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  • Save our Four Districts Woodland Habitat
    We need to preserve the wild woodland habitat which currently links the villages of Rathcoole and Saggart. This site, by our local park, has real potential as an amenity for our communities, as a haven for wildlife and as a living example for nature education. Wild green spaces are becoming rarer in South Dublin. Spending time in nature improves our mental and physical health, and reduces stress. The woodland provides great walking trails. The trees, wildflowers and waterways within are vital habitats and food sources. They enable birds, frogs, mammals and insects like bees and butterflies to thrive. Trees absorb water, lessening local flooding. They release oxygen, improving our air quality. They store carbon, helping against climate change. Help to secure the woodland for future generations. Please visit us on Facebook https://www.facebook.com/Four-Disticts-Woodland-Group-458412544573936/
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  • Save our young people - Change legislation to allow on site drug testing
    There are already discussions happening with the HSE on harm reduction and how organisers and promoters of these large gigs and festivals should be given options to keep people safe by providing on site testing kits and areas for people to test drugs they come in contact with. But it's not happening quick enough. Young people are dying. We need a change of legislation now to allow these harm reduction measures and on site testing kits to become a reality in Ireland. Whatever your opinion is on why people experiment with mind alternating substances, people will continue to do it and all of the best research around the world points to allowing harm reduction practices and providing reliable information as being the best approach for people who decide to take drugs. It is terrible that young people in the prime of their lives have to die because of making an uninformed choice. If the young man in Cork, who died after taking a substance at a festival had of known what exactly was in the substance he took, would he have taken it? Where testing areas are provided at festivals, many people dump their drugs when they discover it is not what they thought. They decide not to take a gamble on the unknown. But this is exactly what is happening to our young people every time they make an uninformed choice on drugs and take a gamble with their own lives. It's not good enough in this day and age and it shouldn't be allowed to continue. We need to be bold and tackle this growing concern for safety of our young people head on. Please support this campaign for greater awareness and safety around drugs so no more young people have to lose their lives. Sign and share as widely as you can. Thank you Jenny File photograph: Cyril Byrne / The Irish Times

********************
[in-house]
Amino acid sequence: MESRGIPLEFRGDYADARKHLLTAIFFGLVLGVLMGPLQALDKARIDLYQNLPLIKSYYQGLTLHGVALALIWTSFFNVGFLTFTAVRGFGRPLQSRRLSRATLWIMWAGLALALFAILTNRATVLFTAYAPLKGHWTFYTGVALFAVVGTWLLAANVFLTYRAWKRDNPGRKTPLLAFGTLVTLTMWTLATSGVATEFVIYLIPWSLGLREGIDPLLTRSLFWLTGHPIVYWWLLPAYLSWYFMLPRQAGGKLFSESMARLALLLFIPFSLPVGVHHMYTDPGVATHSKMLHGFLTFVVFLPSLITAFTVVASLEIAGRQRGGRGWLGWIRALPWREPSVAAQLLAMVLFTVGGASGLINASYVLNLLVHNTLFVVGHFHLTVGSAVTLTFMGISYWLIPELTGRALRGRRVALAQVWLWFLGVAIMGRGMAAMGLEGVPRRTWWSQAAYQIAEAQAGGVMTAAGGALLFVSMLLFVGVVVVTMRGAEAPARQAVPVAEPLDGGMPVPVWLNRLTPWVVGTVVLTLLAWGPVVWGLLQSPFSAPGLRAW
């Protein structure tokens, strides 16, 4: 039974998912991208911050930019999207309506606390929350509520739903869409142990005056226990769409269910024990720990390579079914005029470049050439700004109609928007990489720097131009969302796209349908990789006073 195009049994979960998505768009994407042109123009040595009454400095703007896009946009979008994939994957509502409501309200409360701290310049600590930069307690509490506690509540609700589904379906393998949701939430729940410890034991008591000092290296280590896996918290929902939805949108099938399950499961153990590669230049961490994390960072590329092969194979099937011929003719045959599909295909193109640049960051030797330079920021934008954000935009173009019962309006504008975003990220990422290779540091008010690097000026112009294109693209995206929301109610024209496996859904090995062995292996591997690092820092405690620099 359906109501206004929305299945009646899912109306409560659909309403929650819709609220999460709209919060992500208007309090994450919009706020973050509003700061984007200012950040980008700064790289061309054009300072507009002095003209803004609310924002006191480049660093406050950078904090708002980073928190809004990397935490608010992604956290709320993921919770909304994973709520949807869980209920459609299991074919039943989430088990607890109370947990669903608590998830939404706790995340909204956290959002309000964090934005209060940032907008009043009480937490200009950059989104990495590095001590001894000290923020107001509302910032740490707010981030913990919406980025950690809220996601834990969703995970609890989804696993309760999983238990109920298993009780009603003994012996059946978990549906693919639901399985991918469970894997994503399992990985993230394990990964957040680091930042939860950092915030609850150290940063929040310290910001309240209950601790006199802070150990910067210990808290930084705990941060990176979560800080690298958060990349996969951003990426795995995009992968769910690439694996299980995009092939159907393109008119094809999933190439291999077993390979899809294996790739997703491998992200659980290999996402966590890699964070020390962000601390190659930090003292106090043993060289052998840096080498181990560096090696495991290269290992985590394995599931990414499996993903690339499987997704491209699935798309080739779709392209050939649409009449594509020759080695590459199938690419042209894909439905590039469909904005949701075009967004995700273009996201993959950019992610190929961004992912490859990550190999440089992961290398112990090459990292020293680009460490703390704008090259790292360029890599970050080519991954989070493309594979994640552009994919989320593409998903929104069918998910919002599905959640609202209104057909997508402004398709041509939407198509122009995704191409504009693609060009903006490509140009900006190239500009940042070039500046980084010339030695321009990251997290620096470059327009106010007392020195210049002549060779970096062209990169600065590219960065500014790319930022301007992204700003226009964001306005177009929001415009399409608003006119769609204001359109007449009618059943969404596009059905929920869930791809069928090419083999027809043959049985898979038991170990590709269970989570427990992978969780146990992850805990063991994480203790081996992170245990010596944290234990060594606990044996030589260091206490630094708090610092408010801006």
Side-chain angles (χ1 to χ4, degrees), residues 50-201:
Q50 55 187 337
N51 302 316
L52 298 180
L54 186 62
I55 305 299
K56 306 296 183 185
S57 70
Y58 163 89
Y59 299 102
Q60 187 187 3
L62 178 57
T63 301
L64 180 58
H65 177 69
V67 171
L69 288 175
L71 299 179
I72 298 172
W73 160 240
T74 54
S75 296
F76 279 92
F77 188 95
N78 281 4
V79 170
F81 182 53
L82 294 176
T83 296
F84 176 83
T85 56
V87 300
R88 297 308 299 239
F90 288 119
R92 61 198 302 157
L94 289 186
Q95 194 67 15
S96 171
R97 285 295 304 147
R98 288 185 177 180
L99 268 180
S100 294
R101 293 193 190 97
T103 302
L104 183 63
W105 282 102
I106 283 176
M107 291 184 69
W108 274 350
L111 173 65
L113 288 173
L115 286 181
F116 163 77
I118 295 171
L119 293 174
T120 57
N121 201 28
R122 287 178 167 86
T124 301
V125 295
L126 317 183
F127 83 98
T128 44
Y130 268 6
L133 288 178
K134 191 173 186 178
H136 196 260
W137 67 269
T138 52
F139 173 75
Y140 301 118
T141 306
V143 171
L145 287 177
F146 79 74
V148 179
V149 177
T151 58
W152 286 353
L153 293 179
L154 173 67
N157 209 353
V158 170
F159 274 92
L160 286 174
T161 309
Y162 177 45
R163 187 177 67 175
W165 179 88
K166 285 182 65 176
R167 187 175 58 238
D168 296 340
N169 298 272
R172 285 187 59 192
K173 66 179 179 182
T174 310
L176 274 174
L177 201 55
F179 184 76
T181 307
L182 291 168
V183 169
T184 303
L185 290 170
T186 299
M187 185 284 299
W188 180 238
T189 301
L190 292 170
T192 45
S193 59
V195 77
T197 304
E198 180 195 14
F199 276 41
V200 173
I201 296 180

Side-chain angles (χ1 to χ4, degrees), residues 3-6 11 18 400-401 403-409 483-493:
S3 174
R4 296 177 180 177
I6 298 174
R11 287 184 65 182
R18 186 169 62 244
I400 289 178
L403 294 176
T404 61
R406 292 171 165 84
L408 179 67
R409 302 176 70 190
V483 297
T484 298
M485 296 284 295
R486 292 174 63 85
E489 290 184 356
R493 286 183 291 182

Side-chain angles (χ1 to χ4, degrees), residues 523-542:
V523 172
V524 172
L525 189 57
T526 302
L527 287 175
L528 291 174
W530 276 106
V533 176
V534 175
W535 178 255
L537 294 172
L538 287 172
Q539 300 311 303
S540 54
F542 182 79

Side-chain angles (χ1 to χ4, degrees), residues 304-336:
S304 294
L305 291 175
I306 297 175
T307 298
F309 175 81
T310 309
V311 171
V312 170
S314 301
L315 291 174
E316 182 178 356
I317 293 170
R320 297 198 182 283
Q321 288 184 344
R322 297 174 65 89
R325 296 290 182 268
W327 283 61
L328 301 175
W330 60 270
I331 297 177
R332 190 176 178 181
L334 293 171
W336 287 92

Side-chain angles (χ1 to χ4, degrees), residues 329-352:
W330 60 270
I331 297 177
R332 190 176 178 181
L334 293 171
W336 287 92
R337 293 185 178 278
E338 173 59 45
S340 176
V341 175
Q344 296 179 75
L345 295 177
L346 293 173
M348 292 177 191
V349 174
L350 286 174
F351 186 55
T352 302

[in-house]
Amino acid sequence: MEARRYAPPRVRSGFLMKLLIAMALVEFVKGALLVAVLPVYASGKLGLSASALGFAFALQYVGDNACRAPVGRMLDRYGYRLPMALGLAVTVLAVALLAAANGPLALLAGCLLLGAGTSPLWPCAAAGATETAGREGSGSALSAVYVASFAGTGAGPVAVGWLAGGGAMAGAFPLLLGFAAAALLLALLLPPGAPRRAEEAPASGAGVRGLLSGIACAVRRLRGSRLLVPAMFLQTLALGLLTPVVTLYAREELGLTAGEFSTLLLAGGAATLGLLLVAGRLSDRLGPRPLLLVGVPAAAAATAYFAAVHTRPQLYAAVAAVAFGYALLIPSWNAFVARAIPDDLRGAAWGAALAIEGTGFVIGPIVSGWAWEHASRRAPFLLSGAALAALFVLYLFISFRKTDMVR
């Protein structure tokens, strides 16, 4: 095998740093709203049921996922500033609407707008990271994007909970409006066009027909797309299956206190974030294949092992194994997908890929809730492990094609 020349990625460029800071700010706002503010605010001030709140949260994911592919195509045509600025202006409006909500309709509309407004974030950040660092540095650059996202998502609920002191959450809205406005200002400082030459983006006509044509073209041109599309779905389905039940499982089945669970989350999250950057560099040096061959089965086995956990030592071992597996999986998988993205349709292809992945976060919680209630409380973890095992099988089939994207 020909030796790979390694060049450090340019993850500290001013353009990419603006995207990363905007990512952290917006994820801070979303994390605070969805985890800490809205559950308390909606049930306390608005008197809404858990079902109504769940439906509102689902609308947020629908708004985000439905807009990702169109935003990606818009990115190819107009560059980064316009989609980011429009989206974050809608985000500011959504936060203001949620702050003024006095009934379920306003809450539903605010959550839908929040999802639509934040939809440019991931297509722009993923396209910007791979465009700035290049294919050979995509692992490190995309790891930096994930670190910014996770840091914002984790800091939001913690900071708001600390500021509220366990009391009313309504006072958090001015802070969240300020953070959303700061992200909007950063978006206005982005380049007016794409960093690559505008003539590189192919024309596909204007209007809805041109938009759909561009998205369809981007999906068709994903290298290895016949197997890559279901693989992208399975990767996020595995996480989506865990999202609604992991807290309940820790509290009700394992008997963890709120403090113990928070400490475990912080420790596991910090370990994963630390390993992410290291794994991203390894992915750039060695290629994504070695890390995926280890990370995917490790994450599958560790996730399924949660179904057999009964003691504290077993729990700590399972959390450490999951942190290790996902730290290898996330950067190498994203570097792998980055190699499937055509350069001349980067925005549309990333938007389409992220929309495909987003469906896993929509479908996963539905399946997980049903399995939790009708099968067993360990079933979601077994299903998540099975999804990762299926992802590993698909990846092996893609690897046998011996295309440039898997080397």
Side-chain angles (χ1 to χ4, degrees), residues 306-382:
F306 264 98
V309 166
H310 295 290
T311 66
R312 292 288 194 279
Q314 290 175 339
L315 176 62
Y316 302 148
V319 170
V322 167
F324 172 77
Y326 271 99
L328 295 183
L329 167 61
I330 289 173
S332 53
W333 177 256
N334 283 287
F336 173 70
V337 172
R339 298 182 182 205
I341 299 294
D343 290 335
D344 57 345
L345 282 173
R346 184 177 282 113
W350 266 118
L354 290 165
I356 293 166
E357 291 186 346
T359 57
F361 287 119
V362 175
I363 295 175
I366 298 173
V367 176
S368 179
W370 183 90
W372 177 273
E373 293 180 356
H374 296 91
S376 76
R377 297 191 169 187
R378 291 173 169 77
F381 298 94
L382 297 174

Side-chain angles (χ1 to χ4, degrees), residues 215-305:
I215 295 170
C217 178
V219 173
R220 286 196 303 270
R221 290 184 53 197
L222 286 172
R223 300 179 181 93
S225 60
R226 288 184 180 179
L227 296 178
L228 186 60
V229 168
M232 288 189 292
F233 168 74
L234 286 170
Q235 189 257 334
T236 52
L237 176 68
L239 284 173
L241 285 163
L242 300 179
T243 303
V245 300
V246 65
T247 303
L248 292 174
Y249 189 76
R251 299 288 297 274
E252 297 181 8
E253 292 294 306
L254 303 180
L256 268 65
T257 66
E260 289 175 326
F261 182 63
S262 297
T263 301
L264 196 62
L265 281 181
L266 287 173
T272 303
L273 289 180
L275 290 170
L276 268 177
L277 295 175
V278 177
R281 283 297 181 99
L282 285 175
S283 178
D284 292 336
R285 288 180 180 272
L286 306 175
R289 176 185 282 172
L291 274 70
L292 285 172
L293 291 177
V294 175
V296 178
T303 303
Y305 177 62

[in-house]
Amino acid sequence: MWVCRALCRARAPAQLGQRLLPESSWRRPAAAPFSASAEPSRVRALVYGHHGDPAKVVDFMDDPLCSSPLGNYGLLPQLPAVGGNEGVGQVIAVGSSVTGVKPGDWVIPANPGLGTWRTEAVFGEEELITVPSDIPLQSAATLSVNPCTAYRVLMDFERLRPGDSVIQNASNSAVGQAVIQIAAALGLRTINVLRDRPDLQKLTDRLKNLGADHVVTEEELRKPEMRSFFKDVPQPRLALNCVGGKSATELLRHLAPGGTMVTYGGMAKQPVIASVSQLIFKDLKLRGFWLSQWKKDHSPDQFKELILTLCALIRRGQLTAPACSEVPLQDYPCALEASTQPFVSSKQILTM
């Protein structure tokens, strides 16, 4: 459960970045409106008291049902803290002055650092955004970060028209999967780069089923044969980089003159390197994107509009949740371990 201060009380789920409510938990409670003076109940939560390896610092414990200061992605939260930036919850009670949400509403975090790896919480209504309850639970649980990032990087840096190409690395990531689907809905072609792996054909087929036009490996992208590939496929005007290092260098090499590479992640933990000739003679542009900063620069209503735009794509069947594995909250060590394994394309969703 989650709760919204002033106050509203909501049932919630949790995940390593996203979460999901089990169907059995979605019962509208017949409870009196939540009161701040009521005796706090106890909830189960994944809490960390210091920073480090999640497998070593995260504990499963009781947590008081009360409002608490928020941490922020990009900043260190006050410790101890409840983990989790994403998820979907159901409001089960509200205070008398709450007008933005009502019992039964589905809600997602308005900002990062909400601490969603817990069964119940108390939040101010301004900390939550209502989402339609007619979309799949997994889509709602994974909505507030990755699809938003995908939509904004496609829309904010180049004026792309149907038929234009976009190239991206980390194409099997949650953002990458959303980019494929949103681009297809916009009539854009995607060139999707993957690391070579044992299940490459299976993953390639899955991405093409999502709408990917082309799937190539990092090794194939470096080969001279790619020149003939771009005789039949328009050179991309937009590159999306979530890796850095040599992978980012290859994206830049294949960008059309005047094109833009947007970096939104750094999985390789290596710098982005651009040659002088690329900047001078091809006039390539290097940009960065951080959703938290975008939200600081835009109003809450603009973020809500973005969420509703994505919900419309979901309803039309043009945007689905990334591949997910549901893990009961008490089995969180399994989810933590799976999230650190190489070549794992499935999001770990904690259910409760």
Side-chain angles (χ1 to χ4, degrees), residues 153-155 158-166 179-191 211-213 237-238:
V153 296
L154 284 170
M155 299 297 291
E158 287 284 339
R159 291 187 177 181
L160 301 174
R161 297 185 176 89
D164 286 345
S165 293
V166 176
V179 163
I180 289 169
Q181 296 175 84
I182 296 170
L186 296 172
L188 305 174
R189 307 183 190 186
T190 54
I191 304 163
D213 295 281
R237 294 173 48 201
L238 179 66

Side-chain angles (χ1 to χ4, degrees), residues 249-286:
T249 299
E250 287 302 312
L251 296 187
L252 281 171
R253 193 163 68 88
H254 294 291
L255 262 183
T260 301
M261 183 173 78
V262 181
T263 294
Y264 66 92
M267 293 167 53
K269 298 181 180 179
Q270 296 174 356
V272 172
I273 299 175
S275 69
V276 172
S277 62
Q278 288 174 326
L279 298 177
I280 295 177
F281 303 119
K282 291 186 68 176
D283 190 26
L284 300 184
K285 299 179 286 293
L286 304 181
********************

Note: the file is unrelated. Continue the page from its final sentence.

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  • Bus for 22 Students from Ballygarrett & Killenagh to Creagh College, Gorey
    There are 22 children in the Killenagh/Ballygarrett area seeking school transport to Creagh College in Gorey, approximately 16km away. Half of the parents in our group have already built their lives around the fact that the children can be brought to Creagh College by the School Transport system. Some of these children are going into 6th year. This is an additional stress on an already stressful year for any student. We’ve looked into private busses and it is simply not affordable at €40-€50 per week per child. Some families have 3 children in the school and most of us will have multiple children over the coming years. We have been advised that €4m would solve this situation nationally. We need a solution locally in two weeks. We need action NOW!! #22forcreaghbus